A Percutaneous assist device is commonly used in cardiogenic shock to improve hemodynamics. The Impella provided superior hemodynamic support in the ISAR-SHOCK study compared with an intra-aortic balloon pump (IABP), with no change in clinical outcome. In this trial, the IABP was used in one group, and the Impella was placed in a comparator group. We present a case in which the hemodynamics of cardiogenic shock was assessed in the same patient after IABP and after Impella placement. In our case, the hemodynamics improved after Impella placement and removal of IABP.
Cardiogenic shock (CS) is a common cause of death in acute myocardial infarction. It has been reported that the 30-day mortality rate is up to 60-80% in CS [1,2]. Intra-aortic balloon pump (IABP) or Impella device are the most common devices used in cardiogenic shock to maintain hemodynamics. IABP was downgraded after the IABP-SHOCK II trial failed to show any mortality benefits over medical therapy [3,4]. Impella is an alternative for percutaneous mechanical circulatory support (pMCS), which is widely used as a bridge for recovery. Reports in the literature have shown that the Impella is better than IABP in hemodynamic improvement; however, this improvement was found in different patients and not within the same patients. We report a case in which an Impella was placed after an IABP was removed in the same patient with the goal of improved hemodynamics.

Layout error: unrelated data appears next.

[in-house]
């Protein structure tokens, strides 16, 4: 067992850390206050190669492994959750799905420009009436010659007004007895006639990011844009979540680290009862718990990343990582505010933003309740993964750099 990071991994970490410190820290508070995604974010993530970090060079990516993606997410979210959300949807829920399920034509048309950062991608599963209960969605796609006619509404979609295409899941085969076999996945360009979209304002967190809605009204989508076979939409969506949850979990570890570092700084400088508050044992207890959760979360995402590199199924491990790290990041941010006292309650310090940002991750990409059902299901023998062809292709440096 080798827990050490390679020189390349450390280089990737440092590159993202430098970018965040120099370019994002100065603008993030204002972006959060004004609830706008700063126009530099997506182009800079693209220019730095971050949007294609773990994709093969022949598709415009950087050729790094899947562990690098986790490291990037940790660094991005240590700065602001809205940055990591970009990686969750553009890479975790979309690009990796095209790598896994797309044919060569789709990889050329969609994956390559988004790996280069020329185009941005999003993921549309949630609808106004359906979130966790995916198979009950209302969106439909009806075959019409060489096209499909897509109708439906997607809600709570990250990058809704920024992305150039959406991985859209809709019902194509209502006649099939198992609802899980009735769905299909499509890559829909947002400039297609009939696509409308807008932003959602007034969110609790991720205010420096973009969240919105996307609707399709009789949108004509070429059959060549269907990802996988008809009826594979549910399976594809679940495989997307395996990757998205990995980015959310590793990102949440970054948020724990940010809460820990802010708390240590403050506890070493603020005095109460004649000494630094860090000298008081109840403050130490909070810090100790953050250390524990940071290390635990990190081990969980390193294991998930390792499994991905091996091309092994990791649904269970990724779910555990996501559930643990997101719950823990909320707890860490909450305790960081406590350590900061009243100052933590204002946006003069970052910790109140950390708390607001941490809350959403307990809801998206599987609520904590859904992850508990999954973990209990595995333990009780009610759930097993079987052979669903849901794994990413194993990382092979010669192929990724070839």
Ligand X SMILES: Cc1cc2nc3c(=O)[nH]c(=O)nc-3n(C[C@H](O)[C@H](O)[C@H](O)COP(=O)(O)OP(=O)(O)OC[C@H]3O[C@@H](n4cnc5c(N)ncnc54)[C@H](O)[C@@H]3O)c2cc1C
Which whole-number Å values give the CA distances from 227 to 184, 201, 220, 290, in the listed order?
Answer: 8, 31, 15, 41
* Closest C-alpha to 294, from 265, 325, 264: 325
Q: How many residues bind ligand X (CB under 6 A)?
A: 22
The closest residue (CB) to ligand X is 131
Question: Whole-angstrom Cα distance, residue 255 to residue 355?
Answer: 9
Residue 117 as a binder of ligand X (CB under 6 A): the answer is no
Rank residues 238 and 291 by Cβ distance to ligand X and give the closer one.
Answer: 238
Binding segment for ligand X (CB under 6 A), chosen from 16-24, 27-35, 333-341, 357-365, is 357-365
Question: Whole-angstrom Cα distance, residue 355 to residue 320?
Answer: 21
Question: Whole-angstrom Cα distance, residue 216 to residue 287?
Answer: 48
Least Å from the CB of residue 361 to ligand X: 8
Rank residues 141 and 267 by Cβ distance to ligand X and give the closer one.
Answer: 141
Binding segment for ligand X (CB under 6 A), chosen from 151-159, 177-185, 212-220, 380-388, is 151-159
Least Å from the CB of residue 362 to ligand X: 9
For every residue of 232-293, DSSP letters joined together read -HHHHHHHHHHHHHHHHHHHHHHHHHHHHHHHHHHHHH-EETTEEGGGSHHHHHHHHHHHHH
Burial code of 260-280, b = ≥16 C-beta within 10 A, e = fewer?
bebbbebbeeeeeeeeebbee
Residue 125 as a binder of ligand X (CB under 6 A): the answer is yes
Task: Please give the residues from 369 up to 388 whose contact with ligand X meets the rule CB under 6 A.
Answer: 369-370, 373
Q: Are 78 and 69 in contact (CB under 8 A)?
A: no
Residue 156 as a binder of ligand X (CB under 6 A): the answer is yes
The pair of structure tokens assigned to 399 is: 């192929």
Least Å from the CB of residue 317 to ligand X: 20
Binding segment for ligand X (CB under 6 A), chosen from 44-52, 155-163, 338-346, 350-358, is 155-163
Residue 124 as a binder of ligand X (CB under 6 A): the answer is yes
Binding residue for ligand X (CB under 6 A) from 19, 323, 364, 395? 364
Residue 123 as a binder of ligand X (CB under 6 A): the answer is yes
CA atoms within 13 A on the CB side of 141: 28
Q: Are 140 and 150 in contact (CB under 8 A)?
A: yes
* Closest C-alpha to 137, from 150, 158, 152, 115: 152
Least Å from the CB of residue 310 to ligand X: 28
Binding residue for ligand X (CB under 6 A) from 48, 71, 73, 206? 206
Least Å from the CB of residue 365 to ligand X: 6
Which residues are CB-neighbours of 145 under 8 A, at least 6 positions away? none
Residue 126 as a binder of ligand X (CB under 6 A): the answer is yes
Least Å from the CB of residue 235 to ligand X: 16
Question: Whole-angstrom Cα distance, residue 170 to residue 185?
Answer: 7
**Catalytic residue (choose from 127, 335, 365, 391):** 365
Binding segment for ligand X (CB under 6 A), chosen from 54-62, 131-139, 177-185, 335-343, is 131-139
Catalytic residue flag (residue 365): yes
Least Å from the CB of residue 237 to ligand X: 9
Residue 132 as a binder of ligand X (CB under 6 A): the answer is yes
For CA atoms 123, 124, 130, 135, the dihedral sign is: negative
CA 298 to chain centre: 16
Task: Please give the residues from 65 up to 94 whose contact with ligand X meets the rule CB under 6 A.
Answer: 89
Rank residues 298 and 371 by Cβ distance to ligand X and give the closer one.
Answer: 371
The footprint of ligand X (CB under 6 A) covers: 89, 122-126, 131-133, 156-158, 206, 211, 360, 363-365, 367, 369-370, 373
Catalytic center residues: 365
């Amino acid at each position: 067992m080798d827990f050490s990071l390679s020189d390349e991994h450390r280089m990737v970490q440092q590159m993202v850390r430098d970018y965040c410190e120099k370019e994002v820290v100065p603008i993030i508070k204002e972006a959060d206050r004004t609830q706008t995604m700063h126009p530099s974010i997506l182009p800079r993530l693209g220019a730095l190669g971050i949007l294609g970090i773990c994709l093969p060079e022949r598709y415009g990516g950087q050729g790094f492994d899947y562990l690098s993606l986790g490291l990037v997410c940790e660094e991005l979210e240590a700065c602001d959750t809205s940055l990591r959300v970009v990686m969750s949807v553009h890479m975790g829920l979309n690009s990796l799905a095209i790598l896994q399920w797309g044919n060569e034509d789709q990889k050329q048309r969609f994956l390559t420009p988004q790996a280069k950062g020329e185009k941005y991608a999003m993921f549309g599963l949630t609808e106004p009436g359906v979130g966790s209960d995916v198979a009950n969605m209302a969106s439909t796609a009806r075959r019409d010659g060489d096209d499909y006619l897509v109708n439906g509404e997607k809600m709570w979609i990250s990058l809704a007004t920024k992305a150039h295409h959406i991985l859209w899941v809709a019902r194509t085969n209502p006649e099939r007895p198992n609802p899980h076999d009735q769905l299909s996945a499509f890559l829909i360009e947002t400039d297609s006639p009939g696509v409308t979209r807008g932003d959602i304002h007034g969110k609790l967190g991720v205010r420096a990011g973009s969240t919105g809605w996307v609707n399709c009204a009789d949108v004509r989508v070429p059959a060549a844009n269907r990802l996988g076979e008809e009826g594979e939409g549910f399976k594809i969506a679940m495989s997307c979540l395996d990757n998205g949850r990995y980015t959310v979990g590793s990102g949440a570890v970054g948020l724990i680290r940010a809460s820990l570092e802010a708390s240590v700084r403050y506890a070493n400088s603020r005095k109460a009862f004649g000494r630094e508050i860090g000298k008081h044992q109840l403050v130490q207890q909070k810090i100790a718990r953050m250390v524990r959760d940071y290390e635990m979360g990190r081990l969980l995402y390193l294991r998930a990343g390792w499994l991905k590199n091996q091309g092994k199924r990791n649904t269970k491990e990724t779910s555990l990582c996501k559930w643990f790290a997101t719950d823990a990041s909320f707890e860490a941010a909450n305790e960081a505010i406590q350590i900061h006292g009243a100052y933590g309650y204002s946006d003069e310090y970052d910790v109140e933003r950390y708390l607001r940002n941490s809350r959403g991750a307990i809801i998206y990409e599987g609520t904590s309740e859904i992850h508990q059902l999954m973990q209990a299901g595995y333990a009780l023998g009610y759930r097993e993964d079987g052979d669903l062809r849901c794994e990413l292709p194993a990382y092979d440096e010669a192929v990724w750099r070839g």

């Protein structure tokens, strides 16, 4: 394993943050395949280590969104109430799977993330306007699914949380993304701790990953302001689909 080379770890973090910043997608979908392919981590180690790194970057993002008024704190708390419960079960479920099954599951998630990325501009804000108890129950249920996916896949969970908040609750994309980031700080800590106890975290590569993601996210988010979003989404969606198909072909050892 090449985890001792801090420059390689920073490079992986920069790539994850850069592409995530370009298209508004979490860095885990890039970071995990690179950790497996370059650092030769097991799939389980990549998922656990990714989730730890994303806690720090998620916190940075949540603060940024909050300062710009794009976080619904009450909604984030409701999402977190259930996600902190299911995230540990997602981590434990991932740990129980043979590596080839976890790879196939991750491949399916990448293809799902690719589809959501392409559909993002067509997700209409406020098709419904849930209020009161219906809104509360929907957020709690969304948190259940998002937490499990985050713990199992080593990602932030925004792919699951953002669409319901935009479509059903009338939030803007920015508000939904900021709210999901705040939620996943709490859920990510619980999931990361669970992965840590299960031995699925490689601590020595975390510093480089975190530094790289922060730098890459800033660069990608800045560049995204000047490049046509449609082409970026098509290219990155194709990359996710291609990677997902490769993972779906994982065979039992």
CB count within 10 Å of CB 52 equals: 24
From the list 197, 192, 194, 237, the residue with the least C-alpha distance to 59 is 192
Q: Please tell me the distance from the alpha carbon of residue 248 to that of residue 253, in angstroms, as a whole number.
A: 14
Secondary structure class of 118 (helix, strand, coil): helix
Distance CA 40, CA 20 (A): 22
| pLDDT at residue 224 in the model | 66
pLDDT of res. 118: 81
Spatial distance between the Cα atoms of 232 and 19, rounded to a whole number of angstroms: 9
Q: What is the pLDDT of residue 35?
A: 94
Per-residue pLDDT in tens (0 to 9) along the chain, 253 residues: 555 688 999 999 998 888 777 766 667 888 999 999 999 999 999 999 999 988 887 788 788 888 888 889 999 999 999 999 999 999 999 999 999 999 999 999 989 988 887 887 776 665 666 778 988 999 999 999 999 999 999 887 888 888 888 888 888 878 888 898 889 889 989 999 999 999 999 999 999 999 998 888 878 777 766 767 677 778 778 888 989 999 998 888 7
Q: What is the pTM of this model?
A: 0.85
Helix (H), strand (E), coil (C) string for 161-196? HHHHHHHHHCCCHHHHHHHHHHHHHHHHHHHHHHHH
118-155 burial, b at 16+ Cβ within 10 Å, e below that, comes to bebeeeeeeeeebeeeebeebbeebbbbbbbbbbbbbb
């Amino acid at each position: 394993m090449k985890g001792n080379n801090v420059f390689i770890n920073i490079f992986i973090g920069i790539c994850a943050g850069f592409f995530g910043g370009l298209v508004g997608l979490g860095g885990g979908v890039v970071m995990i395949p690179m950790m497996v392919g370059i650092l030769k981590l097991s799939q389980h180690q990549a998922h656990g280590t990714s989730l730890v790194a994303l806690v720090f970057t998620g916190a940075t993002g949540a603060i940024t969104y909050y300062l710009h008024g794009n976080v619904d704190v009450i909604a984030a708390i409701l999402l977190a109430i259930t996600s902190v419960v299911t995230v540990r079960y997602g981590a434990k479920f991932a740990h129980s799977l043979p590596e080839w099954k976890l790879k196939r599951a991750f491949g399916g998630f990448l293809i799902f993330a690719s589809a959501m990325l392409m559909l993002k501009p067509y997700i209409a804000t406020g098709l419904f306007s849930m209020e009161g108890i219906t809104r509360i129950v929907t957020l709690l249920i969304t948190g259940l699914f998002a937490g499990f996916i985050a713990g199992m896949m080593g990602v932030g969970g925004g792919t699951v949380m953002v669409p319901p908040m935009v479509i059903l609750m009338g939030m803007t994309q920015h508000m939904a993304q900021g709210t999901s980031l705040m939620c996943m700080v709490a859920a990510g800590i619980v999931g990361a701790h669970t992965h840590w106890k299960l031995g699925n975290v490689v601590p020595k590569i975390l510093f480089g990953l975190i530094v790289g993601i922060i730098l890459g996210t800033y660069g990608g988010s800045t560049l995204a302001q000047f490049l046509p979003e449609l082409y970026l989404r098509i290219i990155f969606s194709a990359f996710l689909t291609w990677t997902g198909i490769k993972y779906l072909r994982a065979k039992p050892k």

A 68-year-old female with a past medical history of systemic lupus erythematosus, transient ischemic attack, and migraine headaches was admitted for heart failure exacerbation. On admission, a physical exam showed rales bilaterally and +2 lower extremity edema bilaterally. The remainder of the physical examination was unremarkable. Blood pressure was 100/55 mmHg, pulse 110 bpm, and all other vital signs were stable. Electrocardiogram (EKG) showed a slight inferior ST elevation in lead III only with Q-waves, a 1 mm ST-segment depression in leads I and a VL, and an anterior infarct pattern (Figure 1). An old EKG from 2014 also revealed the anterior infarct pattern; however, the ST segment changes were new. Chest X-ray showed diffuse infiltrates bilaterally, and heart size was mildly enlarged (Figure 2). An echocardiogram showed a severely dilated left ventricle and depressed left ventricular systolic function. Left ventricular ejection fraction (LVEF) was 25%, and the total wall motion score was 1.81.
Figure 1: Electrocardiogram showed a slight inferior ST elevation in lead III only with Q-waves, a 1 mm ST-segment depression in leads I and aVL, and an anterior infarct pattern. View Figure 1
Figure 2: Chest X-ray showed diffuse infiltrates bilaterally. View Figure 2